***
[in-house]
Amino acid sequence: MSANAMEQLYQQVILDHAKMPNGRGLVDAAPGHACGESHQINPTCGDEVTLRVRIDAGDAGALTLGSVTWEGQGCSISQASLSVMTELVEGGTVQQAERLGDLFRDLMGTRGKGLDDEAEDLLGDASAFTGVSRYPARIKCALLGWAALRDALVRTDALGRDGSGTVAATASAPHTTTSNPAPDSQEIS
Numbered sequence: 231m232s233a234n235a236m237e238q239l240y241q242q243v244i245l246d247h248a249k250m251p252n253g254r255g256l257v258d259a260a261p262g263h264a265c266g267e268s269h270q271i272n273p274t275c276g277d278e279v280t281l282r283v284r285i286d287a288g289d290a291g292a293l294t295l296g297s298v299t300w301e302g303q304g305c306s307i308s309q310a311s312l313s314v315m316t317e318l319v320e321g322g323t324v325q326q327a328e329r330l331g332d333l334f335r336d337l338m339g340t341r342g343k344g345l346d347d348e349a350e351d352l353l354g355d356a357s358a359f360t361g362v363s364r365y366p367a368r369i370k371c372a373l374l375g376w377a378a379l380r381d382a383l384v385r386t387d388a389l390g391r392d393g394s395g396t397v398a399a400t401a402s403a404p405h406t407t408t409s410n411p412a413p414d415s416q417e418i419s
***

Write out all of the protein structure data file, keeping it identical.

[in-house]
Amino acid sequence: MSANAMEQLYQQVILDHAKMPNGRGLVDAAPGHACGESHQINPTCGDEVTLRVRIDAGDAGALTLGSVTWEGQGCSISQASLSVMTELVEGGTVQQAERLGDLFRDLMGTRGKGLDDEAEDLLGDASAFTGVSRYPARIKCALLGWAALRDALVRTDALGRDGSGTVAATASAPHTTTSNPAPDSQEIS
Numbered sequence: 231m232s233a234n235a236m237e238q239l240y241q242q243v244i245l246d247h248a249k250m251p252n253g254r255g256l257v258d259a260a261p262g263h264a265c266g267e268s269h270q271i272n273p274t275c276g277d278e279v280t281l282r283v284r285i286d287a288g289d290a291g292a293l294t295l296g297s298v299t300w301e302g303q304g305c306s307i308s309q310a311s312l313s314v315m316t317e318l319v320e321g322g323t324v325q326q327a328e329r330l331g332d333l334f335r336d337l338m339g340t341r342g343k344g345l346d347d348e349a350e351d352l353l354g355d356a357s358a359f360t361g362v363s364r365y366p367a368r369i370k371c372a373l374l375g376w377a378a379l380r381d382a383l384v385r386t387d388a389l390g391r392d393g394s395g396t397v398a399a400t401a402s403a404p405h406t407t408t409s410n411p412a413p414d415s416q417e418i419s